1 Department of Clinical Medicine, Department of Clinical Medicine, Faculty of Health and Medical Sciences, Københavns Universitet2 unknown3 Department of Clinical Medicine, Department of Clinical Medicine, Faculty of Health and Medical Sciences, Københavns Universitet
BACKGROUND & AIMS: Dietary chloroplast thylakoids have previously been found to reduce food intake and body weight in animal models, and to change metabolic profiles in humans in mixed-food meal studies. The aim of this study was to investigate the modulatory effects of thylakoids on glucose metabolism and appetite-regulating hormones during an oral glucose tolerance test in pigs fed a high fat diet. METHODS: Six pigs were fed a high fat diet (36 energy% fat) for one month before oral glucose tolerance test (1 g/kg d-glucose) was performed. The experiment was designed as a cross-over study, either with or without addition of 0.5 g/kg body weight of thylakoid powder. RESULTS: The supplementation of thylakoids to the oral glucose tolerance test resulted in decreased blood glucose concentrations during the first hour, increased plasma cholecystokinin concentrations during the first two hours, and decreased late postprandial secretion of ghrelin. CONCLUSION: Dietary thylakoids may be a novel agent in reducing the glycaemic responses to high carbohydrate and high glycaemic index foods. Thylakoids may in the future be promising for treatment and prevention of diabetes, overweight and obesity.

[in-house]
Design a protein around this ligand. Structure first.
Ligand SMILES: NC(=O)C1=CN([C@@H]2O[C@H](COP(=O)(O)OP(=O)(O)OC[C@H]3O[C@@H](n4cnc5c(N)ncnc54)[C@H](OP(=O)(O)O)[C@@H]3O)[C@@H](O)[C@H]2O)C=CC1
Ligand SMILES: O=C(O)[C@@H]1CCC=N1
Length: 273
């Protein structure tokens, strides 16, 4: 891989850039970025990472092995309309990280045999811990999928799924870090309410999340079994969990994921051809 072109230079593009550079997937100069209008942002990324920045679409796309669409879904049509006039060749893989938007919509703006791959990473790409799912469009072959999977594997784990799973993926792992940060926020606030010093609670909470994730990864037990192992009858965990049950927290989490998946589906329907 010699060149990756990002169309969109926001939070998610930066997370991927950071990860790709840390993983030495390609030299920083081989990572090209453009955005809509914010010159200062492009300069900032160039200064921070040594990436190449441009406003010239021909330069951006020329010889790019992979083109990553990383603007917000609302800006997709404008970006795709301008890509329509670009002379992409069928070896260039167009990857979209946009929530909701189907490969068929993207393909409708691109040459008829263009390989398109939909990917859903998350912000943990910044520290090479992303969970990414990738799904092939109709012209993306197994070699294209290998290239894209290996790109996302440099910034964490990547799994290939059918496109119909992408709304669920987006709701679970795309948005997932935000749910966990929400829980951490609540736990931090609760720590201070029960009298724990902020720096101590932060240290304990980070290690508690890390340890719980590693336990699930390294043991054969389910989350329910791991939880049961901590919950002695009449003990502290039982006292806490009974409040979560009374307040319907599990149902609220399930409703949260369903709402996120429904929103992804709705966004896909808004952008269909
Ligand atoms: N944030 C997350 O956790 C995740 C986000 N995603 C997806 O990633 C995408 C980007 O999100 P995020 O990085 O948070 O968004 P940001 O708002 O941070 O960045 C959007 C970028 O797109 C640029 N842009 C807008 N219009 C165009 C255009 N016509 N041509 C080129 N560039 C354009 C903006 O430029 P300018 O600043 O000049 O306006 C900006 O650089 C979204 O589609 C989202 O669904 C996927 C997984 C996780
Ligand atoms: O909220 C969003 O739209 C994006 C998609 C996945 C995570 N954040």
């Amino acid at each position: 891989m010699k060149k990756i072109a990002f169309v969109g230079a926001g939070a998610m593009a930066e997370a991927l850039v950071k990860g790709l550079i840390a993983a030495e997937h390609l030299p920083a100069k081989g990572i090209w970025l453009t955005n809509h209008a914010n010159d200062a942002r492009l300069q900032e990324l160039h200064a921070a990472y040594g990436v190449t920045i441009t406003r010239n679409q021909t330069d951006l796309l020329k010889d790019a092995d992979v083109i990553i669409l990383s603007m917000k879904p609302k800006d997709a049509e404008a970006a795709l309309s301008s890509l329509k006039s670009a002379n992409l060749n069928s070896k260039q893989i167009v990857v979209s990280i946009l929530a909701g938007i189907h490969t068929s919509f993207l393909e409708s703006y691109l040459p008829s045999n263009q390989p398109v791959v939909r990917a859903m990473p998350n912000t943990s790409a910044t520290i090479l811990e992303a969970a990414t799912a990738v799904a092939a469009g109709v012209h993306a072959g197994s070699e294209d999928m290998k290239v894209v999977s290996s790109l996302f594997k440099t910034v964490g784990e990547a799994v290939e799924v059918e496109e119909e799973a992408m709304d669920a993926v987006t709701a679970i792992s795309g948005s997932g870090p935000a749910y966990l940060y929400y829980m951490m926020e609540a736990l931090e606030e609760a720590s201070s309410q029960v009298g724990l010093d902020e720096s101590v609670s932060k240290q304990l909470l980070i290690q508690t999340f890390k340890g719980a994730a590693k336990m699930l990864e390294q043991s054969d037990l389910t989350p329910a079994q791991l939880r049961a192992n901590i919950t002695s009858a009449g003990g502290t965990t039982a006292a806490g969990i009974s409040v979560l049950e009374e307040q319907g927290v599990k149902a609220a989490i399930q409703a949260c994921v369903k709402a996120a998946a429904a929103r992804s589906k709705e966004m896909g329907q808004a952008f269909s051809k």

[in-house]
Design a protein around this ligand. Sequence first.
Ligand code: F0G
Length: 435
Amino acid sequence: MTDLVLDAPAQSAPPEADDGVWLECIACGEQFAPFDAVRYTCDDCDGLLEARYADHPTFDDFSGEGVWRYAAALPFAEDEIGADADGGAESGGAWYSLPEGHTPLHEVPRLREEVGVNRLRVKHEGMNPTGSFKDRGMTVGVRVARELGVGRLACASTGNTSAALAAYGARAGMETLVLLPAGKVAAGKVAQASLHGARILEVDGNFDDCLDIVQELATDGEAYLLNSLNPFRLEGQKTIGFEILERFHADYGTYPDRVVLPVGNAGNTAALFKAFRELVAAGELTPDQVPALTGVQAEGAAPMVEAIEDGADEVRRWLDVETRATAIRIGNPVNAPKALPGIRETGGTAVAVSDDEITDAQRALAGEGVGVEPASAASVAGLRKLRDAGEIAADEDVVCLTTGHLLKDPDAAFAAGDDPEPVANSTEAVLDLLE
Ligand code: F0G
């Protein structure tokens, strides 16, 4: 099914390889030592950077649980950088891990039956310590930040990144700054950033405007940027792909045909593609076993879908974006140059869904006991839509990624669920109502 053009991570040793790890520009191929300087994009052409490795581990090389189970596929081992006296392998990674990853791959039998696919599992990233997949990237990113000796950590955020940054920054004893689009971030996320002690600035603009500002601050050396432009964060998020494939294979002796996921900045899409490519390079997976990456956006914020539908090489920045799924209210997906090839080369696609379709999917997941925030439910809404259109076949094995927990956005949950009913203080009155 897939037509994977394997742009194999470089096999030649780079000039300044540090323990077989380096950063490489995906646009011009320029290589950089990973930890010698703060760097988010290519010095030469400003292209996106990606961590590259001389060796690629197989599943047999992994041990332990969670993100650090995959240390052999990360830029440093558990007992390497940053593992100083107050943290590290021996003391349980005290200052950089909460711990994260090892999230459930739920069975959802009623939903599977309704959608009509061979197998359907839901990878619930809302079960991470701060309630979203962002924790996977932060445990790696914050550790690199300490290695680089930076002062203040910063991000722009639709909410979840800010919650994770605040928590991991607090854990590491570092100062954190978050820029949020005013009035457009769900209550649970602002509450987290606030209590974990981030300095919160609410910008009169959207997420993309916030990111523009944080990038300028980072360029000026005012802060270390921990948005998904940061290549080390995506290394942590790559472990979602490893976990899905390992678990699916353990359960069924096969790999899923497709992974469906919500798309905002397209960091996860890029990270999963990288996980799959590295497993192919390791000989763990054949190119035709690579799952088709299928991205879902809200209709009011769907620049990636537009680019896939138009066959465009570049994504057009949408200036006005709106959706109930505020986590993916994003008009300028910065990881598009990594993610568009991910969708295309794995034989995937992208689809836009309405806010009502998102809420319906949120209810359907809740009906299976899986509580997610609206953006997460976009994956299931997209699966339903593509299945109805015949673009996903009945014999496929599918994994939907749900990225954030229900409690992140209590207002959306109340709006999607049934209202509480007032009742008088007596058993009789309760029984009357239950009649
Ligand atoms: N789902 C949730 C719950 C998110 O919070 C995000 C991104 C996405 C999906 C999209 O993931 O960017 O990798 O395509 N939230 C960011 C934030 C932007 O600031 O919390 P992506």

Clinical Nutrition, 2014, Vol 33, Issue 6, p. 1122-1126